Is there a way to make anything deeper become explosive? Frankly, it seems hard. Our giant laser would bore a hole into the planet, probably vaporizing rock. The deeper this goes, the more pressure the rock is under and so volatilization could generate some pretty good forces, kind of like diatremes that erupt from the mantle at supersonic speeds. But that is mostly like opening a shaken can of soda: the forces developed are unlikely to really do much damage. Eventually the giant laser might go all the way through the planet. Conduction of heat from the big hole would be relatively slow, so even getting the planet to melt would probably not work well from this mode of attack; the greatest efficiency might well be flow of core material into the path of the laser. It seems implausible that this gas (well, plasma more likely) could exert an even greater force than the original metal core (more than likely, material would shoot back up the hole bored by the laser). Whether you could get stuff at those pressures to expand much at all (let alone go to gas) is problematic. So even if you hit the levels of being able to sink that kind of energy into a beam of energy, it is really hard to get your desired explosion.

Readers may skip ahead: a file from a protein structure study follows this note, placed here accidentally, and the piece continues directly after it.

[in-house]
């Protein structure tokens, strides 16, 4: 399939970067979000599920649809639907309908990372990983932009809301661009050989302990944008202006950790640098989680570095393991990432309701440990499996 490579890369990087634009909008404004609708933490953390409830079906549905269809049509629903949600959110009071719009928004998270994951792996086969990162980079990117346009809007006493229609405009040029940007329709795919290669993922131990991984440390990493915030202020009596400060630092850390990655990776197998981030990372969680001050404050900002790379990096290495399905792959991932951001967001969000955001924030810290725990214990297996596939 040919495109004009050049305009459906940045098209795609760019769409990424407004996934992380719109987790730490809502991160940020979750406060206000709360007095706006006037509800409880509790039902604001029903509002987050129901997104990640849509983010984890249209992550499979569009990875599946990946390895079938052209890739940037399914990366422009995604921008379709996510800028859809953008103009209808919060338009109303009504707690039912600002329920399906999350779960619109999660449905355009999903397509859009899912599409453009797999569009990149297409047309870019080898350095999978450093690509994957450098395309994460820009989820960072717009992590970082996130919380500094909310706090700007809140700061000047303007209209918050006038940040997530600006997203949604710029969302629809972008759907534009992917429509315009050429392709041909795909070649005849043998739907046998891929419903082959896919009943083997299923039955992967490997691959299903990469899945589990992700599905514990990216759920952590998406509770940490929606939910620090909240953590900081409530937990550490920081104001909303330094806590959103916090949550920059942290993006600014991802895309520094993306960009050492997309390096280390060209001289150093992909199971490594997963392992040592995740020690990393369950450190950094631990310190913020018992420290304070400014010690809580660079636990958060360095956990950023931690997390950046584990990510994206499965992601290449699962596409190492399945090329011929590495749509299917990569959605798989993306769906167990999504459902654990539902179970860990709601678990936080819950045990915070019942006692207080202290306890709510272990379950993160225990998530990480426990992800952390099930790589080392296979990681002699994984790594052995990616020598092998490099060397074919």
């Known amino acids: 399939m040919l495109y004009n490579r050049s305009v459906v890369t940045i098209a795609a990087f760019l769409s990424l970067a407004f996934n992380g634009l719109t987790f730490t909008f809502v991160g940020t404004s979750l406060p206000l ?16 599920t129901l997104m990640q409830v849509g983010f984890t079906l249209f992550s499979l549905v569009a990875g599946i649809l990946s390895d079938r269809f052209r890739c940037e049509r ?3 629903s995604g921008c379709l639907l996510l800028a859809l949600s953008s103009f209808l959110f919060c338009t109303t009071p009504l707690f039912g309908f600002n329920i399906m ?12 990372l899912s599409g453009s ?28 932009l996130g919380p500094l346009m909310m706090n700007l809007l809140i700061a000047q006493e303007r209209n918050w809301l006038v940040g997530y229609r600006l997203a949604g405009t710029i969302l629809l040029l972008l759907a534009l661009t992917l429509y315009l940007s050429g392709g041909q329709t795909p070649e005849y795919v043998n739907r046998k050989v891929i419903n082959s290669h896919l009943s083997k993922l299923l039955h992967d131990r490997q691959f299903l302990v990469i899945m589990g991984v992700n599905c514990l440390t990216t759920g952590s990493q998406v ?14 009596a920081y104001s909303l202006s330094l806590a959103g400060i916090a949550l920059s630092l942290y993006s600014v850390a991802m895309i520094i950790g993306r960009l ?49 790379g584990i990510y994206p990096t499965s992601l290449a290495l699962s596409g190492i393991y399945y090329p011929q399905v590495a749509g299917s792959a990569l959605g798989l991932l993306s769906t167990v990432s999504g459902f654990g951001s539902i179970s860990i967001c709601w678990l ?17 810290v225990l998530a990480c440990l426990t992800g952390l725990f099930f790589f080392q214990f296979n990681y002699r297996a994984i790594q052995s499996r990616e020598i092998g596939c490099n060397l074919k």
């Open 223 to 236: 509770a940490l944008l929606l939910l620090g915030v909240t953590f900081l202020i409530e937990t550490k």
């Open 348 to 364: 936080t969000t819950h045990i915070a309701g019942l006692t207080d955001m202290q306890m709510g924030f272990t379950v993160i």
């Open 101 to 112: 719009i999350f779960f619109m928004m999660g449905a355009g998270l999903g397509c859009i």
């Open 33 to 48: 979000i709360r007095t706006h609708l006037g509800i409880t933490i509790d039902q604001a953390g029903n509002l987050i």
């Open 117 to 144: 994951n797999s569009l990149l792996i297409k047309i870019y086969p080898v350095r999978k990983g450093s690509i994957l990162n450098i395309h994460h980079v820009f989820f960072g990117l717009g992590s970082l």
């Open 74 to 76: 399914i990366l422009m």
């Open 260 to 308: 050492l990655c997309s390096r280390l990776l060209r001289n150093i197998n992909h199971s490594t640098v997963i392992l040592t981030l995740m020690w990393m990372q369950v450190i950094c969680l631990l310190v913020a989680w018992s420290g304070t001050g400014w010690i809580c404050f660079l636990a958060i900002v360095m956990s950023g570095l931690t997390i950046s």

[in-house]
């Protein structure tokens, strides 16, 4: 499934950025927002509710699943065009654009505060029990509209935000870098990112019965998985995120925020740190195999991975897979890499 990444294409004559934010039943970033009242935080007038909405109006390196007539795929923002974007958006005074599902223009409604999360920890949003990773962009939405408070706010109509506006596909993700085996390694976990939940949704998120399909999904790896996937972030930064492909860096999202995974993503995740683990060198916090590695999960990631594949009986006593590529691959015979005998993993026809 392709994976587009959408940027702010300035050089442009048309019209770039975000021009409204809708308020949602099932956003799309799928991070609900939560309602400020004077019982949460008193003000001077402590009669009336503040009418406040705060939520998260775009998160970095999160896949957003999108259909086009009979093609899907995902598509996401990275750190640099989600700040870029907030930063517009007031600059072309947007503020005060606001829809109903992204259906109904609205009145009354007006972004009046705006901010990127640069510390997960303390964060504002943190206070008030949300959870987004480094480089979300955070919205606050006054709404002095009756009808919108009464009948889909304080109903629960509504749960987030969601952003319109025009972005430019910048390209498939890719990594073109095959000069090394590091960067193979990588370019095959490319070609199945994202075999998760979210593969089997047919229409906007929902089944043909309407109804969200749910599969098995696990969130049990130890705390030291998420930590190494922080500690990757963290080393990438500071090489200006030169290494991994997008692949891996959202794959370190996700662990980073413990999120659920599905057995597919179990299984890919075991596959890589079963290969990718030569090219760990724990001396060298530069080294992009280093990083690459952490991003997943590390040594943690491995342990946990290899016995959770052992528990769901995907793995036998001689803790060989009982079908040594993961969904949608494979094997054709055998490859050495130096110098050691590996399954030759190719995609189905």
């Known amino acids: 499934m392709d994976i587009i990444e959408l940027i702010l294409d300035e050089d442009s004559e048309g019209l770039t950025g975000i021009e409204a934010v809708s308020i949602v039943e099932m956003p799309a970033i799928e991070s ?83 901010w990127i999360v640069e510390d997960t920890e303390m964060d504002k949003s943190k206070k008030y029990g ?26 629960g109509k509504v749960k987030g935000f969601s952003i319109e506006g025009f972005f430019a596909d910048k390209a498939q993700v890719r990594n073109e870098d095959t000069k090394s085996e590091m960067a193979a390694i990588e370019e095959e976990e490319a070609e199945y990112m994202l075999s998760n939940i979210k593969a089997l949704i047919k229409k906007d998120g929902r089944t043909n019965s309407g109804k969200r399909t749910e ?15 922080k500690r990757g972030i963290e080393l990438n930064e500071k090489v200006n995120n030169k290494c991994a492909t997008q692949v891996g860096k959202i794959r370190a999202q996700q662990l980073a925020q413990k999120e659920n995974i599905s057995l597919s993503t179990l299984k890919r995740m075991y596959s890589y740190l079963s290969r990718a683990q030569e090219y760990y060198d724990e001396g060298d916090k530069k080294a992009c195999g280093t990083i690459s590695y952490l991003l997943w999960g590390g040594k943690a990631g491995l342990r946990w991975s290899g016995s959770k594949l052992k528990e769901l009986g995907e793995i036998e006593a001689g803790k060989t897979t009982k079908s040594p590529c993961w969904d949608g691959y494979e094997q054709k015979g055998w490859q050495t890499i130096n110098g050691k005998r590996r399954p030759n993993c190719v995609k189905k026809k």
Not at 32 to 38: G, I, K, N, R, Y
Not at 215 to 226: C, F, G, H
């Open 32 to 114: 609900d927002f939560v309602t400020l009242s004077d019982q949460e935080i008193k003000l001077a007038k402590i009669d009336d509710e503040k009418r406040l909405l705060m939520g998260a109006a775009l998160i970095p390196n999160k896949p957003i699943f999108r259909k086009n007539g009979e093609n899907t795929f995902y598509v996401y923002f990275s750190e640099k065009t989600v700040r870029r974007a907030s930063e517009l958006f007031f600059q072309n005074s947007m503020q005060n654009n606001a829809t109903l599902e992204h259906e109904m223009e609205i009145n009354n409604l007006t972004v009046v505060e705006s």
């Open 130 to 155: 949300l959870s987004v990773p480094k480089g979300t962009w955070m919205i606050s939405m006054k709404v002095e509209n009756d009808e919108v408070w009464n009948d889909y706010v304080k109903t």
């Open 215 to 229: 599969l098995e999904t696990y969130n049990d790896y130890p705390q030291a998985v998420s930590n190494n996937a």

And really, why blow up the planet? Even if you want to remove all life on the surface, it is a lot easier to fling huge quantities of dust or gravel into the atmosphere to produce a global microwave environment or toss a big boulder into oceans to create monster tsunamis and the like. You can come back later and reuse the planet for something else. Wasting all your effort on a galactic firecracker seems unwise, not to mention undoable.
Recently an interview with NASA chief scientist Jim Green by The Sunday Telegraph led to a number of stories with titles like “the world may not be ready for the discovery” or “world is ‘not prepared’” or “Humans aren’t ready to accept there’s life on Mars“.